The Pyramid Age had been ushered in by Imhotep, the vizier and master architect of Pharaoh Djoser. Imhotep invented the pyramid, and while the form he designed may have changed, his template for pyramids and the complexes associated with them would set the standard for centuries to follow. Before Imhotep, pharaohs and other nobles were buried under mastabas, rectangular stone buildings that contained mortuary shrines to the deceased and often symbolically mirrored the homes they occupied in life.
Imhotep conceived of a burial monument consisting of a number of mastabas stacked on top of each other, growing smaller as they rose. His invention was the Step Pyramid, and he arrived at it through a process of modification and experimentation. Like a Third Dynasty Einstein, Imhotep started with the idea of a pyramid and by devising, testing, and refining his idea, he achieved what had never been done before.
Hemienu, on the other hand, was more like Michelangelo. He knew exactly what he wanted from the beginning, and by precisely executing his vision he achieved what has never been done since. He had a plan which underwent very little modification, nor could it have. Hemienu understood how every layer had to look and function—from the underground provisional tomb to the pyramidion—before he began digging.
Jean-Pierre Houdin, son of Henri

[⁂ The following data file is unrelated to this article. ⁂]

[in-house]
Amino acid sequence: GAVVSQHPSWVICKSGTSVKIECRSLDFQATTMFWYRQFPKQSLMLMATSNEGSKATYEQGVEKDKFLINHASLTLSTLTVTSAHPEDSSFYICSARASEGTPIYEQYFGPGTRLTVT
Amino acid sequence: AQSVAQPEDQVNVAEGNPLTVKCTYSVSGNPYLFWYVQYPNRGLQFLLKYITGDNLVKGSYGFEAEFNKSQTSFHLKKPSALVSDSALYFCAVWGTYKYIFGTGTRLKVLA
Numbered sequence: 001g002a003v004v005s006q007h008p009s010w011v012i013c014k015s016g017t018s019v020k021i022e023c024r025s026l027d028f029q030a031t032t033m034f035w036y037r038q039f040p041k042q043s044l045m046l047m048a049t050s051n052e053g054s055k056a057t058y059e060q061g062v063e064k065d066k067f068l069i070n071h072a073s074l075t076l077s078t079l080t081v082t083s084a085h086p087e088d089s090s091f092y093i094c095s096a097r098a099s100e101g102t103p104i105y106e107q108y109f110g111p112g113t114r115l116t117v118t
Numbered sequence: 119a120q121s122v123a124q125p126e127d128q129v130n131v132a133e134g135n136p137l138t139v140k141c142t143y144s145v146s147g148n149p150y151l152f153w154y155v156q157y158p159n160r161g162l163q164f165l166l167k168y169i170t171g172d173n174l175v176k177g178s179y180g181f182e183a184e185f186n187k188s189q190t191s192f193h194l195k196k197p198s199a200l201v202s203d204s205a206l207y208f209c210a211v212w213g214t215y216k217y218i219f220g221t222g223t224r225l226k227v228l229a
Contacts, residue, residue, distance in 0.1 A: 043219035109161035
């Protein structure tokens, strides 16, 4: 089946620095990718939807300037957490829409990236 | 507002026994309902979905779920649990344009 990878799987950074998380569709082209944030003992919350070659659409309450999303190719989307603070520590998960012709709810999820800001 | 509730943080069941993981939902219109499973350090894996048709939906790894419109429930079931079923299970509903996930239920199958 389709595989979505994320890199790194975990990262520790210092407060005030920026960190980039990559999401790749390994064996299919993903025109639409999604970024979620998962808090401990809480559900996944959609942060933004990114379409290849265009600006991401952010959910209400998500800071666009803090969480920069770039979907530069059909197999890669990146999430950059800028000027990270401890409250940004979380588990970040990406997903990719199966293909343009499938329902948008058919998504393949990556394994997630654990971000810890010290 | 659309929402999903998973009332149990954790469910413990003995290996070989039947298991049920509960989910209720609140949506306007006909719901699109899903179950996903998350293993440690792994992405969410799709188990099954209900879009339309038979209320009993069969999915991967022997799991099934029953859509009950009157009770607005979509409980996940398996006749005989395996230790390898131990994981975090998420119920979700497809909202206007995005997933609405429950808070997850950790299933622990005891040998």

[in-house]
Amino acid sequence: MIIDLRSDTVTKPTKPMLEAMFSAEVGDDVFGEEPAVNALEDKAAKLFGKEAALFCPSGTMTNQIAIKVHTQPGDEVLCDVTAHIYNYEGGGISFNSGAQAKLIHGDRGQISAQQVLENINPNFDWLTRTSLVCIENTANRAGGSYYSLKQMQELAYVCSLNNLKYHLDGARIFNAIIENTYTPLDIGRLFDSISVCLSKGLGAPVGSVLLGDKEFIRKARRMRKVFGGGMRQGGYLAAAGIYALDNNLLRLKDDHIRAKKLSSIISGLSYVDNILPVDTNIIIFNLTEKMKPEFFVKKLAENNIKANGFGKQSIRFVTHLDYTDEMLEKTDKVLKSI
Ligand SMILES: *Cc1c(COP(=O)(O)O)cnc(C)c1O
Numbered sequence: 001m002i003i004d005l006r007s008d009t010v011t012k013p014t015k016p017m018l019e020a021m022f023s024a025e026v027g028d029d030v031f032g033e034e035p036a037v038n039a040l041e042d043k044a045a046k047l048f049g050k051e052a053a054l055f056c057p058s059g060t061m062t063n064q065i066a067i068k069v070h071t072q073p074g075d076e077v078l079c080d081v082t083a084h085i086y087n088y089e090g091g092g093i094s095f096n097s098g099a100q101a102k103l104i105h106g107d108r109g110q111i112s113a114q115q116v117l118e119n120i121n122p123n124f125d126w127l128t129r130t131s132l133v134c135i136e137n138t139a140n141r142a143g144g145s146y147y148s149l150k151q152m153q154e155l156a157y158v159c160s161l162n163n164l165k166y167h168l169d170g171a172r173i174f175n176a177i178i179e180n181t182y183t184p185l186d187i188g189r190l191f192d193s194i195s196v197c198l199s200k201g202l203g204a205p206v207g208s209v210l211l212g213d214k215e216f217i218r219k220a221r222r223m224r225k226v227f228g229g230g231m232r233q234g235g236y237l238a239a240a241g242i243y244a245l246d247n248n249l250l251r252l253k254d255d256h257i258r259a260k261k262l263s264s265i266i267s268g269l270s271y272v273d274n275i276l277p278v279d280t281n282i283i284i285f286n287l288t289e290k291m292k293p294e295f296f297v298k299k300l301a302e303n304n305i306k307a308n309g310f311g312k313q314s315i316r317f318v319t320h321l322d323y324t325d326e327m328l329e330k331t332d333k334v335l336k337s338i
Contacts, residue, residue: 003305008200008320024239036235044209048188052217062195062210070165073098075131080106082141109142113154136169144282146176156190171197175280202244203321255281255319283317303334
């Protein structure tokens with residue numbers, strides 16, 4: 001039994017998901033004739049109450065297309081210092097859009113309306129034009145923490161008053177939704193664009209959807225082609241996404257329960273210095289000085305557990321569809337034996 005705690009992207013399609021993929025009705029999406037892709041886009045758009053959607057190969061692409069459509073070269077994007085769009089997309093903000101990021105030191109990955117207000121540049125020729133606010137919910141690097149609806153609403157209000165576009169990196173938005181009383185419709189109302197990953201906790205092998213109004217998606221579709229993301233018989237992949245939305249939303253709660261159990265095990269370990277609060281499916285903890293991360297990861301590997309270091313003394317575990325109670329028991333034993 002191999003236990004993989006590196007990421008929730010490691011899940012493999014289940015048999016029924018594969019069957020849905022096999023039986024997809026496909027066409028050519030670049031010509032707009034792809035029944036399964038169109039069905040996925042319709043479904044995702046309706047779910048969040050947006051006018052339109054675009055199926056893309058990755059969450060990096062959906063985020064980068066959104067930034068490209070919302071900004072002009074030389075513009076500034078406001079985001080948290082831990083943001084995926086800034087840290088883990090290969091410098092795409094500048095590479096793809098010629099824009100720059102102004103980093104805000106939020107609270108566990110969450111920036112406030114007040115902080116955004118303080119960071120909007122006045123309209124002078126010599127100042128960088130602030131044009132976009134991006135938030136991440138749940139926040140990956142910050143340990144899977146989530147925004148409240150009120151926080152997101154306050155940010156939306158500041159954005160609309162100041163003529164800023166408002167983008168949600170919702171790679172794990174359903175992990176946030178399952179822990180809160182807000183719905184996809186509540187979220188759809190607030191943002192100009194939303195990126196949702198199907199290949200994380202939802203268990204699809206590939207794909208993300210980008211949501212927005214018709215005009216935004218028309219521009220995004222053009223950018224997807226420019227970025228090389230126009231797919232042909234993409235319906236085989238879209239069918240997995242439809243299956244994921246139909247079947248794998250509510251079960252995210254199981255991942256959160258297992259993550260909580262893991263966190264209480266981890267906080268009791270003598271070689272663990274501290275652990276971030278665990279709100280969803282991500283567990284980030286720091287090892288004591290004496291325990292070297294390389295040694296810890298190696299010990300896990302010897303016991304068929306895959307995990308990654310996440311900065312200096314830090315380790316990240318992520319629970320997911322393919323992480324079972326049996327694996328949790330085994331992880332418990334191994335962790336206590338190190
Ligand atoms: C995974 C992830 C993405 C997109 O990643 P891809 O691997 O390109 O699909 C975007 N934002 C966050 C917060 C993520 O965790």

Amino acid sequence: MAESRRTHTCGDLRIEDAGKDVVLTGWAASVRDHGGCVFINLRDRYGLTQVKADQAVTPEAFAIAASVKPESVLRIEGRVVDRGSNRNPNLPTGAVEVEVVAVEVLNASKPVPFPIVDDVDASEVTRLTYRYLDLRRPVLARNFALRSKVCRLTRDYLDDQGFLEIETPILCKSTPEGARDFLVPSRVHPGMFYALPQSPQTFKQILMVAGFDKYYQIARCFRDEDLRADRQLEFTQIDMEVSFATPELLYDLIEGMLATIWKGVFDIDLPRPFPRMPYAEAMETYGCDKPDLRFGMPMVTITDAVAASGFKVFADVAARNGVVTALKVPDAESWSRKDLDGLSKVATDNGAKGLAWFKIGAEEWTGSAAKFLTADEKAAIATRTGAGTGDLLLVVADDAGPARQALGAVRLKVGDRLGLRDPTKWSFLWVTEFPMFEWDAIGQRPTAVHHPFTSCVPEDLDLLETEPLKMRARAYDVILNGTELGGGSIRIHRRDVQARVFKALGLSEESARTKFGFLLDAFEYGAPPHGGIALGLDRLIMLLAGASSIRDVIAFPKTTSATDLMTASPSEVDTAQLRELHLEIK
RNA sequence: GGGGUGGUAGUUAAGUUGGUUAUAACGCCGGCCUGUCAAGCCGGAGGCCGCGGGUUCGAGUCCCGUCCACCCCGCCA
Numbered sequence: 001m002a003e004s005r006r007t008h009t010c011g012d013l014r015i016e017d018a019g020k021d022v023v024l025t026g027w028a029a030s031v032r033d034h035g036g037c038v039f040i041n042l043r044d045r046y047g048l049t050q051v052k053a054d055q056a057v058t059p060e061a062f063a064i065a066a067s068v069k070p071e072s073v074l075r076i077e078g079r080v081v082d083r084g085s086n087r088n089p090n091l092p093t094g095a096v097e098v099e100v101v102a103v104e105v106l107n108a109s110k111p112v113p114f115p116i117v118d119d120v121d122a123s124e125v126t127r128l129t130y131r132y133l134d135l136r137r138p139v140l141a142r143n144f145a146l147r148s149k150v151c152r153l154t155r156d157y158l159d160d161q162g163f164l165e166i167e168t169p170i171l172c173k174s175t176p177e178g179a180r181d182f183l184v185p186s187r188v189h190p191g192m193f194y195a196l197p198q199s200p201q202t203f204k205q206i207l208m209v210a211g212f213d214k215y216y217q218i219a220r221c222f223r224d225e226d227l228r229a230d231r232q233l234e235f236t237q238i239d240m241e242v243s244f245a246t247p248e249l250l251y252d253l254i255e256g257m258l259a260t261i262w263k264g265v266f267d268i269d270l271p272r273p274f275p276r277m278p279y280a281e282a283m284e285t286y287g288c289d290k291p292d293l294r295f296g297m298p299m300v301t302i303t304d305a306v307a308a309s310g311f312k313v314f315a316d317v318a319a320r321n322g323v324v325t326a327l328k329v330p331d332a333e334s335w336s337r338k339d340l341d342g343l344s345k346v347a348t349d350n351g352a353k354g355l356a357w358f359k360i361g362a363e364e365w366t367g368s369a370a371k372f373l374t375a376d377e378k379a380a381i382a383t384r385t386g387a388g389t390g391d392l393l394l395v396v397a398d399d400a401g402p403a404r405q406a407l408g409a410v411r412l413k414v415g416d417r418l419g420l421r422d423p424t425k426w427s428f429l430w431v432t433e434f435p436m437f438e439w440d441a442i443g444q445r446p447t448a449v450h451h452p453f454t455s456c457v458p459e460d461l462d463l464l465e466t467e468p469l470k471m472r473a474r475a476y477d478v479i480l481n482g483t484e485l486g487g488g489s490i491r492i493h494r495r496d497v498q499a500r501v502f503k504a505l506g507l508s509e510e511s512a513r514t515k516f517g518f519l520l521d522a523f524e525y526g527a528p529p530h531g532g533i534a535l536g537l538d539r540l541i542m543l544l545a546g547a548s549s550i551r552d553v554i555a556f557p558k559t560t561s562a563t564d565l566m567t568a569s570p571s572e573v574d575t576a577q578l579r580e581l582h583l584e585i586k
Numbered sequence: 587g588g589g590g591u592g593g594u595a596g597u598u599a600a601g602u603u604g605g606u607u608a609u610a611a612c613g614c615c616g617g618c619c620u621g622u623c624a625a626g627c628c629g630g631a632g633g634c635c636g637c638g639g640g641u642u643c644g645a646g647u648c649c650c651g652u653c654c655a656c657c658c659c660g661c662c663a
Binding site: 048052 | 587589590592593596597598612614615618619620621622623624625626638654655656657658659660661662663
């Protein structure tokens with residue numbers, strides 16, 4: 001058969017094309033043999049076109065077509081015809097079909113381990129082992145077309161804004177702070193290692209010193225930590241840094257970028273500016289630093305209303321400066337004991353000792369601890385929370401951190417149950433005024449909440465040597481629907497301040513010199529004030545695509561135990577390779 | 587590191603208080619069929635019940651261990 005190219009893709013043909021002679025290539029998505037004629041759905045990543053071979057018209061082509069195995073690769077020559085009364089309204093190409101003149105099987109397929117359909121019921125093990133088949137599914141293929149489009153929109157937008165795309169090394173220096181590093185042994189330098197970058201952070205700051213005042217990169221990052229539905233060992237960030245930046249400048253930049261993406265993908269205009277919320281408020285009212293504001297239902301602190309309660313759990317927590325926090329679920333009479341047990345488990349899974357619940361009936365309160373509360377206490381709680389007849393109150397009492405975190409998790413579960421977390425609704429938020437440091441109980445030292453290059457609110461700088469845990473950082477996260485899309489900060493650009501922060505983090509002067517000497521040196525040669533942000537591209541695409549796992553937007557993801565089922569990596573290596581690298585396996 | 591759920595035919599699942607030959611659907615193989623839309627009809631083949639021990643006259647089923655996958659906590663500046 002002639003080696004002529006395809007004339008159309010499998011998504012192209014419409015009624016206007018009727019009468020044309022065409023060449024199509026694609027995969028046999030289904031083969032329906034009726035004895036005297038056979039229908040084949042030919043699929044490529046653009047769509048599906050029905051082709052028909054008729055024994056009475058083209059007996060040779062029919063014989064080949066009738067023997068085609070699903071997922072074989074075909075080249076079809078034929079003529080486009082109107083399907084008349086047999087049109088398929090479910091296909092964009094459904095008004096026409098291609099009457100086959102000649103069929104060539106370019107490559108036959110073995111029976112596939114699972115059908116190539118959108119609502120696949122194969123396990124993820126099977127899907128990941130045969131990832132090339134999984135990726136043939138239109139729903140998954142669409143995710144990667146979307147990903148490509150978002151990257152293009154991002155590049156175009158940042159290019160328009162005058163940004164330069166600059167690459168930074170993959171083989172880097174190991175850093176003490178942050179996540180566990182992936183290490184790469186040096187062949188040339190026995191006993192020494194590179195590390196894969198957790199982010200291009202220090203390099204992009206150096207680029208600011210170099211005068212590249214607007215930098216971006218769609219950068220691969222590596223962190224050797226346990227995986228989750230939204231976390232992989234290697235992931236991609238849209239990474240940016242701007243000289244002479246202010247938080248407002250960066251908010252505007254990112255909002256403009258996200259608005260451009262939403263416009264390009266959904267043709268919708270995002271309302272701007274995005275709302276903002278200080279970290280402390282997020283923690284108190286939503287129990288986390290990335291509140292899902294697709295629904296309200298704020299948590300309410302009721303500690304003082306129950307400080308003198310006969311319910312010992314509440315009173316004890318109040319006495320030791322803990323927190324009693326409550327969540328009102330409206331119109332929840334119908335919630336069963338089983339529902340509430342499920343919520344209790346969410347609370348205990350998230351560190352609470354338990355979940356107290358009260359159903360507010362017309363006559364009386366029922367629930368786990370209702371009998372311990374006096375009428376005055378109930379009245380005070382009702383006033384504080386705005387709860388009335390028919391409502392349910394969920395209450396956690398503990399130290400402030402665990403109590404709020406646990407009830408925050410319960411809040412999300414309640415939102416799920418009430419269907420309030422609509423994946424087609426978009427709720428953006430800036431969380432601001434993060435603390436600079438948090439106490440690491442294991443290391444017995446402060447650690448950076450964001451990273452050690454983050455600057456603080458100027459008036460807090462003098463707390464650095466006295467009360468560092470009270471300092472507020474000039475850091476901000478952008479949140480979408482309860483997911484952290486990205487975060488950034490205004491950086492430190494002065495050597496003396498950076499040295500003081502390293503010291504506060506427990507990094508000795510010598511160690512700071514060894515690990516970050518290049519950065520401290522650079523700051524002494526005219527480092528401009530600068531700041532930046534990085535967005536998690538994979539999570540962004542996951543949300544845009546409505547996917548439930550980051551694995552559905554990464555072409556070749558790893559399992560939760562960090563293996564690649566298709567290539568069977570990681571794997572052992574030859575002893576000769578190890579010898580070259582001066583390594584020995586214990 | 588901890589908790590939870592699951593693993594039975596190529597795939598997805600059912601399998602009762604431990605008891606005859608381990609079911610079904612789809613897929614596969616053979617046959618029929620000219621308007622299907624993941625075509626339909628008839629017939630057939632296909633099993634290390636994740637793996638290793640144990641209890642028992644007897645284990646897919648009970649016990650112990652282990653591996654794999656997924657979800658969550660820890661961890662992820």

Jean-Pierre Houdin also grew up among the construction of great monuments. His father, Henri Houdin, was part of the generation of French children born after WWI whose lives would be shaped by the events of WWII. At the end of the war, he earned a Ph.D. in engineering from Paris’s presti-gious École des Arts et Metiers. With more than 7,000 bridges to be rebuilt, young engineers were given tremendous responsibilities. Thus in 1947 24-year-old Henri Houdin was placed in charge of rebuilding the Conflans Bridge outside of Paris (Brier and Houdin, pp. 2, 38).
Jean-Pierre was born in 1951, the younger of two sons, and spent much of his childhood playing at construction sites with his brother, Bernard. Henri had been assigned to the Ivory Coast, a French protectorate, where he was instrumental in the rebuilding of that country, and family outings often consisted of picnics at construction sites (Brier and Houdin, pp. 38-40).
It was thus no surprise when Jean-Pierre decided to become an architect. He entered the École des Beaux-Arts in 1970 for that purpose where, as part of his final year studies, Jean-Pierre designed a solar house that would be considered cutting edge green technology today. The year was 1976.
Henri Houdin first became intrigued with the construction of the Great Pyramid in 1998, when he viewed a television program on the subject, The Mystery of the Pyramid. He watched with interest as the theories of construction were spelled out, but his instinct told him that the conventional theories didn’t quite add up. They were illogical to the trained eye of an experienced master builder and were neither based on true civil engineering techniques nor masonry processes.